Although it seems like a strange idea, Marvel is much more than the superheroes you know. And in fact, there are a handful of stories from the publisher that made it to the cinema without having any relation to its already iconic cinematographic universe. Some are plot experiments that managed to become minor hits. Another, in great curiosities tangentially related to the publisher. Whatever the case, the unknown Marvel projects are part of a curious history of cinema based on adaptations.

Especially when the multitude of arguments, characters and places review the most curious of the editorial. From intriguing mysteries, a new generation of young heroes to international spies. The sagas related to the publisher that you may not have known about are deeper and more interesting than you can imagine. Specifically, because they make it very clear that the Marvel universe can be richer and more resourceful than just its large group of invincible heroes.

we leave you three sagas that you may not know about Marvel. Two in full growth and one that was an announcement of what could be a franchise of great interest. In the end, Marvel seems to have more surprises up its sleeve than might be assumed. Something that is always satisfying for fans of red bone and even for those who are just beginning to delve into the world of publishing.


In 1990, at the height of the search for evidence of extraterrestrial life on our world, conspiracy theories took the form of a comic. MIB, by Lowell Cunningham and illustrator Sandy Carruthers, took the collective fear about vigilantes of unexplained phenomena and turned it into an extraordinary comic. Beyond that, he created a tough and well thought out journey through social criticism and the connection between mystery and popular culture.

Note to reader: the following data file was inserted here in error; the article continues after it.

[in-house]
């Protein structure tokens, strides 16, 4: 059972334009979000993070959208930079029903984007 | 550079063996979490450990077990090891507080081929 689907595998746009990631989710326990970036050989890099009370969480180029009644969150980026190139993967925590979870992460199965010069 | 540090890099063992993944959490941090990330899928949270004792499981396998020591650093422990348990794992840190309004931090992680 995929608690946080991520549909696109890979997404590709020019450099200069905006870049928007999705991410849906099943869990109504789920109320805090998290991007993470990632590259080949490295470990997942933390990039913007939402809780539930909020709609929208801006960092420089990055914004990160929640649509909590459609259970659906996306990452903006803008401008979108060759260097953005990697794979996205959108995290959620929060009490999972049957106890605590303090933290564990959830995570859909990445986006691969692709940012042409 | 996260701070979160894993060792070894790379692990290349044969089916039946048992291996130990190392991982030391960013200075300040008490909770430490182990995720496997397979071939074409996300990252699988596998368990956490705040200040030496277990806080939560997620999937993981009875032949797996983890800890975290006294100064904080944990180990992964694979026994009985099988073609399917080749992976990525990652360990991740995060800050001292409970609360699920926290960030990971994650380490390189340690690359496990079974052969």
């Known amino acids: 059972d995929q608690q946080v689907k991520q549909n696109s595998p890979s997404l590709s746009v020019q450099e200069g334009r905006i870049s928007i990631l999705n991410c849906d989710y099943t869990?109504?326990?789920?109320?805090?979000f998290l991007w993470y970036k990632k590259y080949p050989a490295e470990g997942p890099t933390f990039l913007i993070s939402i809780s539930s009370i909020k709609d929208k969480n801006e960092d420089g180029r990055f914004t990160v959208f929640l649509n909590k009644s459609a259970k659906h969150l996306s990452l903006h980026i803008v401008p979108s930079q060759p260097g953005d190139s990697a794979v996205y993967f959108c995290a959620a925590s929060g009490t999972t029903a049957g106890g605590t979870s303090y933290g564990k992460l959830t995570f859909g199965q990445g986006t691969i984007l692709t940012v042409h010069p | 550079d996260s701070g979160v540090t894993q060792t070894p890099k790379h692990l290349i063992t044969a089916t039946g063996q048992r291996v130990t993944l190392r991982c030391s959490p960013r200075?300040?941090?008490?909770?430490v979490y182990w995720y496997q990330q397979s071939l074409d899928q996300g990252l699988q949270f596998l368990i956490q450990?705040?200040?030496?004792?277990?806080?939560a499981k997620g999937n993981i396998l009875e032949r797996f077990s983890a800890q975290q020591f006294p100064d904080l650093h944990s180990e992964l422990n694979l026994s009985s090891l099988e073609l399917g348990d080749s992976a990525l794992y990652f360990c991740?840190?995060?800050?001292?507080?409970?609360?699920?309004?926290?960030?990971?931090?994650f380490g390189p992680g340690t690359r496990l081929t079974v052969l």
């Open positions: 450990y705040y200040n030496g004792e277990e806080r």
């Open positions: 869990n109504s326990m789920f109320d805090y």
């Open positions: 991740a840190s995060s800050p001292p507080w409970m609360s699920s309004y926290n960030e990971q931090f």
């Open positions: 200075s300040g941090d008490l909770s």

With six numbers in black and white, the story traced the adventures of two agents very similar to the J and K of the movies. And although the satirical and cruel tone was very different from that of the movies, there was a common point between the two. Both one and the other analyzed pop mythology related to unexplained events and extravagant events from the same perspective. The comic spent a fair amount of time breaking down urban legends and turning them into brilliant storylines. Something that undoubtedly nurtured the series of films on the big screen.

The comic was originally published by Aircel Comics, which was later bought by Malibu Comics and is now owned by Marvel Comics. The change of hands of the rights made it difficult for the story to be told in a more compact way in the cinema. But in the end, his quirky, mysterious and slightly creepy air became the hallmark of the films. As much as at the time it was for the comic.

kingsman trilogy

The comic book series about a group of posh spies debuted in 2012 with its first graphic novel at Marvel’s Icon Comics. The first issue of Kingsman was followed by two sequels: The Big Exit (2017) and The Red Diamond (2018). And just like its version in the cinema, it follows the adventures of the most peculiar group of secret agents in pop culture.

Millar, known for his expanded universe and elegant depiction of violence, created an unusual story on paper. The Matthew Vaughn-directed trilogy kept the comic’s tone and identity. Millar’s espionage with an eccentric sense of action became Kingsman: The Secret Service in 2014. Its immediate sequel, Kingsman: The Golden Circle, was released in 2017 to mixed reviews and less impact than its predecessor. Finally, the prequel King’s Man: the origin came to the cinema in 2021 without much critical or box office impact.

Duología Kick-Ass

Also written by Millar and originally published by Icon Comics, It is a plot eccentricity which worked well in the movies. The story of a teenage comic book fan who becomes a hero by accident was an unexpected cinematic success in 2010.

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Curious as it may seem, the Marvel movie was directed by newcomer Matthew Vaughn. The filmmaker managed to recombine the most recognizable elements of the comic into a curious and powerful look at violence, fear and humor. The film became iconic for a certain kind of story outside of big-budget, high-impact heroic narratives. Especially after the recent success of Iron Man in 2008. The film was followed by a less-than-successful sequel in 2013, also based on the comic and directed by Jeff Wadlow.

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